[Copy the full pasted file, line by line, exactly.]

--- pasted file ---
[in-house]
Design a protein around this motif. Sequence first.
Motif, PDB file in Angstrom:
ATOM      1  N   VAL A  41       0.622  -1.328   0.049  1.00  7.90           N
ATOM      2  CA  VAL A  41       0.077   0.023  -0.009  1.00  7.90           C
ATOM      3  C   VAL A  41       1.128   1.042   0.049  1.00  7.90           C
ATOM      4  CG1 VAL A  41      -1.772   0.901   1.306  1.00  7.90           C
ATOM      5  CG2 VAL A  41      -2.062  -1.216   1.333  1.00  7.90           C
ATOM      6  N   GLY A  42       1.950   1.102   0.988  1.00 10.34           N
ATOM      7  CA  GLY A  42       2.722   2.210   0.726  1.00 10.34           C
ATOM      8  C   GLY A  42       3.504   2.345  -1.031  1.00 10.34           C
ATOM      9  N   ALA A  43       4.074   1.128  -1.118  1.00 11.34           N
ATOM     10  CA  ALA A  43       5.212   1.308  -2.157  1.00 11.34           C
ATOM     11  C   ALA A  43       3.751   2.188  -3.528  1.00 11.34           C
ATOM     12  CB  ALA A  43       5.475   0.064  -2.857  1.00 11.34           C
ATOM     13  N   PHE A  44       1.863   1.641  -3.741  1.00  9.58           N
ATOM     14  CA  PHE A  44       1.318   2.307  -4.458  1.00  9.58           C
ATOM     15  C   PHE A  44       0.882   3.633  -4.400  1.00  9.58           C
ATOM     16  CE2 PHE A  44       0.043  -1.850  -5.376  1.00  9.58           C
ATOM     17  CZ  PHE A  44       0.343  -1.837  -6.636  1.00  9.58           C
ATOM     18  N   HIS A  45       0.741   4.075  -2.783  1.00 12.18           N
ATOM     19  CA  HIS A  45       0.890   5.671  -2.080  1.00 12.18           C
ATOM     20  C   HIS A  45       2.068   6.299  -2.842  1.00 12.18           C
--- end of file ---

[in-house]
Design a protein around this motif. Sequence first.
Motif, PDB file in Angstrom:
ATOM      1  N   VAL A  41       0.622  -1.328   0.049  1.00  7.90           N
ATOM      2  CA  VAL A  41       0.077   0.023  -0.009  1.00  7.90           C
ATOM      3  C   VAL A  41       1.128   1.042   0.049  1.00  7.90           C
ATOM      4  CG1 VAL A  41      -1.772   0.901   1.306  1.00  7.90           C
ATOM      5  CG2 VAL A  41      -2.062  -1.216   1.333  1.00  7.90           C
ATOM      6  N   GLY A  42       1.950   1.102   0.988  1.00 10.34           N
ATOM      7  CA  GLY A  42       2.722   2.210   0.726  1.00 10.34           C
ATOM      8  C   GLY A  42       3.504   2.345  -1.031  1.00 10.34           C
ATOM      9  N   ALA A  43       4.074   1.128  -1.118  1.00 11.34           N
ATOM     10  CA  ALA A  43       5.212   1.308  -2.157  1.00 11.34           C
ATOM     11  C   ALA A  43       3.751   2.188  -3.528  1.00 11.34           C
ATOM     12  CB  ALA A  43       5.475   0.064  -2.857  1.00 11.34           C
ATOM     13  N   PHE A  44       1.863   1.641  -3.741  1.00  9.58           N
ATOM     14  CA  PHE A  44       1.318   2.307  -4.458  1.00  9.58           C
ATOM     15  C   PHE A  44       0.882   3.633  -4.400  1.00  9.58           C
ATOM     16  CE2 PHE A  44       0.043  -1.850  -5.376  1.00  9.58           C
ATOM     17  CZ  PHE A  44       0.343  -1.837  -6.636  1.00  9.58           C
ATOM     18  N   HIS A  45       0.741   4.075  -2.783  1.00 12.18           N
ATOM     19  CA  HIS A  45       0.890   5.671  -2.080  1.00 12.18           C
ATOM     20  C   HIS A  45       2.068   6.299  -2.842  1.00 12.18           C